Well, we’re facing our “Jane Crow” moments right now; we’re just awaiting our Bull Connor to use the fire hoses on us. It’s coming, and I can’t wait.

  • John

    So long as you idiots insist that the way to win equality is by supporting an anti-gay party (called the Democrats), you’re always going to be wondering “oh dear, how horrible is this?” please don’t feign ignorance. No oppressed group has EVER won equal rights by lobbying, by voting, or by waiting for them to be handed to us by the Democrats.

    Vote for Obama in 2012 to end the wars he started in 2011! Vote for Obama in 2012 to end the attacks on working people he started in 2009! Vote for Obama in 2012 because he hasn’t given enough of our money to Wall Street in 2009!

  • Hyhybt

    I still think Rhode Island moving from nothing to civil unions *is* progress. That it’s less than was hoped for does not change that.

    Separate from that… even if political progress seems stalled, *individual* progress is not only continuing, but accelerating. Minds are changed every day, almost exclusively in favor. That this is not, at the moment, reflected in law only means that, when it does shift again, things will move quickly. Sort of like an earthquake: the longer you go between them, the worse (or in this case better) it is when it finally goes.

  • andrew

    what do you expect in this country???

    america is as socially backward as saudi arabia or some other third world shithole

  • robert in NYC

    So John, in the absence of the Democrats and the Greens, who else are we supposed to vote for? The GOP? Since when have they authored, co-authored or sponsored any bill favoring LGBT equality at the local, state or national level? Who was it who instituted DOMA? Well, none other than George Bush when Massachusetts was about to legalize same-sex marriage! Which sitting republican in the House or Senate supports marriage equality? Almost all of the Democrats do. I can’t name one republican, can you? They didn’t want DADT to pass, they don’t want ENDA brought for a vote and they don’t want marriage equality either. So what’s your solution, maybe you can share it with us?


    The solution is for we Gays to finally get our fucking acts together, create an organization which will target specific politicians who spew their vicious hatefull anti-Gay rhetoric. And dig till one can’t dig any further to discover all the dirt there is about these scumbags and force all the skeletons to come tumbling out of their closets………

    Then make the information as public as possible and make an example to these scumbags: If you are going to target our community with your hate and venom because we are considered an “easy target” and unlike other minorities who you can’t openly cast hate upon any longer you target the Gays and you better be squeaky clean with not a single misstep in your past……….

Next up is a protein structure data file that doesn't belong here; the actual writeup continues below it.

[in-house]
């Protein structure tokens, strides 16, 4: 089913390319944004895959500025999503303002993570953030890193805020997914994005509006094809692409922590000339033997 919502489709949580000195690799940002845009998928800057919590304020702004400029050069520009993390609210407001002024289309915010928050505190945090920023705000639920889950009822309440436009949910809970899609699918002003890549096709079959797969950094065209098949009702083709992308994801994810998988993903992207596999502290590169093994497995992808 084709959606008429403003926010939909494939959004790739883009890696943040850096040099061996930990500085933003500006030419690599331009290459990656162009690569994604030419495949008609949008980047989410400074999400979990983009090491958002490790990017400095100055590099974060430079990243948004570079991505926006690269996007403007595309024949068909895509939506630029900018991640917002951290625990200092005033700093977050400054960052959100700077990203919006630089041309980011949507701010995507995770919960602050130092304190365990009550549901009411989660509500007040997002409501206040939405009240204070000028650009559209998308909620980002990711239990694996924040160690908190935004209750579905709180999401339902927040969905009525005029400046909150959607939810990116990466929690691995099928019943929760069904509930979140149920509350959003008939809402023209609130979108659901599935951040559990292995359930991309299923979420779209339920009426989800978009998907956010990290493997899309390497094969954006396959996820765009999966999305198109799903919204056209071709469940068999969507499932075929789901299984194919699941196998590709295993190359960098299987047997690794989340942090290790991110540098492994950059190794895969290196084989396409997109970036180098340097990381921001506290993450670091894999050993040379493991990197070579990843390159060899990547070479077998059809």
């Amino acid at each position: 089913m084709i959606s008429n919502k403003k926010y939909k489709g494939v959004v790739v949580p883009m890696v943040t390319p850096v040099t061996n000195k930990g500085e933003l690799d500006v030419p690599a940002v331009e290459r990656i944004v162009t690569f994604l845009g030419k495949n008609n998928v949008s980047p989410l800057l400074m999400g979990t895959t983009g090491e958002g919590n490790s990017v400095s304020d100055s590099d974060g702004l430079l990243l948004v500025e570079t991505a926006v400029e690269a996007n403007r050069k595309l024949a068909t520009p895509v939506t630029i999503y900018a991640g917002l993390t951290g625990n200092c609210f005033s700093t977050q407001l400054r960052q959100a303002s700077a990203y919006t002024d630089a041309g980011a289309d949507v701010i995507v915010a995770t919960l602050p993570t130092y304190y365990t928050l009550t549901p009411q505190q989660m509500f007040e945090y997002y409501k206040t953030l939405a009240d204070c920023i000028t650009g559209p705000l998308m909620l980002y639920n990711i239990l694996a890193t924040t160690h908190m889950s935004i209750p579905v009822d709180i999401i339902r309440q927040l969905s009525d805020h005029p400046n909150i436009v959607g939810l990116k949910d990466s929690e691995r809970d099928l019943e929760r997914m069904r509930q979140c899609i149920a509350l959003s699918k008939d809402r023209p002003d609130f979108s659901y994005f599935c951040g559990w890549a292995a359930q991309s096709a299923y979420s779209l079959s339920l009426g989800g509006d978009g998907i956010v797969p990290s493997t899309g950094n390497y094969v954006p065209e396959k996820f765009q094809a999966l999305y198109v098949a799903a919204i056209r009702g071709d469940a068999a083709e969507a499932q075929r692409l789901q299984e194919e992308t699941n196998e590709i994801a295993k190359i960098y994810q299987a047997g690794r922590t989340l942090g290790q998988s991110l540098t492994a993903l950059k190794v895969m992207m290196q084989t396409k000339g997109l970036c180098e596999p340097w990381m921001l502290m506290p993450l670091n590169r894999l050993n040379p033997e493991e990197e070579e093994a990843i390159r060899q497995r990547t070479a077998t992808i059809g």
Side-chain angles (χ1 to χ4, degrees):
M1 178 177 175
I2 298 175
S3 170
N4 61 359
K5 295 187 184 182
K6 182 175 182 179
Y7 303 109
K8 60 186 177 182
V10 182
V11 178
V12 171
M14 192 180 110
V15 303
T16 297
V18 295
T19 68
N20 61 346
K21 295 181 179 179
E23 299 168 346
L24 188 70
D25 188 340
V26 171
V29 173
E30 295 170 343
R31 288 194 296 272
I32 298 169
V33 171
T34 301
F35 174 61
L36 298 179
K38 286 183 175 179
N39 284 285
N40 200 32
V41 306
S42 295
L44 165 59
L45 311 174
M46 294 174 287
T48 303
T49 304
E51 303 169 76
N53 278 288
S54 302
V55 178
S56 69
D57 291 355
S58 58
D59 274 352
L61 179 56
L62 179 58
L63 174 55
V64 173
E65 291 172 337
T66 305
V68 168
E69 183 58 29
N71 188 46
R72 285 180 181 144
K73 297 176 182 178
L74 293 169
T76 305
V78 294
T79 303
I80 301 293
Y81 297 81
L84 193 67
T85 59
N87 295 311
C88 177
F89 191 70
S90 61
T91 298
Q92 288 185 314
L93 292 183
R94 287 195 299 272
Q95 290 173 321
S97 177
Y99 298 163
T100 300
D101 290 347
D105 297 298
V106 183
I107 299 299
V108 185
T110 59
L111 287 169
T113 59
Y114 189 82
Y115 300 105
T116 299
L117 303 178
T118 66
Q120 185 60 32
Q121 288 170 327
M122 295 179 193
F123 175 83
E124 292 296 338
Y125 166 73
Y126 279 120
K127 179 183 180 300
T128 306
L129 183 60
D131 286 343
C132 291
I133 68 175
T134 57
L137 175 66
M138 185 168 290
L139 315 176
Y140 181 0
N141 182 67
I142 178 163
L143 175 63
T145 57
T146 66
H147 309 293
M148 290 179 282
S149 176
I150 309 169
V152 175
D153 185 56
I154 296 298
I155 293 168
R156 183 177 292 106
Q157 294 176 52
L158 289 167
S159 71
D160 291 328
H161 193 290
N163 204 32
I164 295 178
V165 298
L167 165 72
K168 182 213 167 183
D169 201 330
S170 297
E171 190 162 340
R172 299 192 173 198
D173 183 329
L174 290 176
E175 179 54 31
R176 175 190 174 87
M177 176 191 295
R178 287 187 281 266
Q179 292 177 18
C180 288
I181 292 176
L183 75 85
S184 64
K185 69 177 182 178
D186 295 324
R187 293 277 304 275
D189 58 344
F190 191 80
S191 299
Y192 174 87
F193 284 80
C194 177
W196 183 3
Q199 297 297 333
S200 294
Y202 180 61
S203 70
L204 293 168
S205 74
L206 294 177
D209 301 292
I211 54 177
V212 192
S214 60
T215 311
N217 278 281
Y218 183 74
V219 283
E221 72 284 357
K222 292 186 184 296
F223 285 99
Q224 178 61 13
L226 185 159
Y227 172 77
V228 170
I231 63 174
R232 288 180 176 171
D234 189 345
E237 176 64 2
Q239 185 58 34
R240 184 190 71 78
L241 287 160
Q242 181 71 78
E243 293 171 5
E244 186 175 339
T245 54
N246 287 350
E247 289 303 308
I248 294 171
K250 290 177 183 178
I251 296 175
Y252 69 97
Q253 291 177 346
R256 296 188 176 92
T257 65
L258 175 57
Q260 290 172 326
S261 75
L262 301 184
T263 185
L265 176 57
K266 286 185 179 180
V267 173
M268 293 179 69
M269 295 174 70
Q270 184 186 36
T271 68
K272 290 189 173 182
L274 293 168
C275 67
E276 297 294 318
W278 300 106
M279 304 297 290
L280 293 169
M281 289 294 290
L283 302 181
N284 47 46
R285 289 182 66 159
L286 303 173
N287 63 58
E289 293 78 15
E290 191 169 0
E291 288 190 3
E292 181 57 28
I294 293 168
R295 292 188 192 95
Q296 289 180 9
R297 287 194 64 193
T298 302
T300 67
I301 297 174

A prime target would be that little hatefull scumbag Sen Ruben Diaz, who last week hosted what can only be described as an anti-Gay hatefest. Despite having two Gay brothers and a Gay granddaughter. He has been a major player in the cesspool of politics that is Albany. I would some serious coin that scumbag has a closet ready to burst full ‘o skeletons…….

  • robert in NYC

    Plays well with others, I agree completely. I’ve been advocating for that for a long time on several websites. Sen. (Rev) Ruben Diaz’ recent really was funded by NOM which has spent or spending $1.5 million to make marriage equality a non-starter in our state. As you know, they were very successful in California, Maine, Maryland and Rhode Island and probably New York. From what I know of Diaz’ past, I believe he was involved with drugs during the 60s, but nothing else has come to light. NOM Is also trying to get Iowa’s marriage equality law overturned. I suspect the Koch Brothers are the main sponsors of NOM’s finances, among other right wing organizations.

  • Jim Hlavac

    @Robert in NYC, alas, it was Bill Clinton who signed DOMA into law, and DADT — Bush had nothing to do with it.

    As for Republicans for gay rights — Mr. Republican, Barry Goldwater gave the most forceful plea for gay rights by any politician ever: “you don’t have to like it, but gays deserve full constitutional rights including marriage and military service.” He said it in 1994 while Clinton was signing DOMA.

    Massachusetts marriage law came to be while a Republican was in office. in 1962 Republican led Illinois abandoned its sodomy statues, while the Democrats in the Old South were busy with Jim Crow and arresting gay folks. It was Ronald Reagan in 1968 who got rid of California’s sodomy statue.

    Meanwhile, Fred Karger is a gay man who qualified to run for Republican presidential nominee. Gary Johnson, 8 year gov of New Mexico and a Republican running for president says “yes” to gay marriage. And Republican John Huntsman says he’s for “civil unions” but not the word marriage, and he’s a Mormon.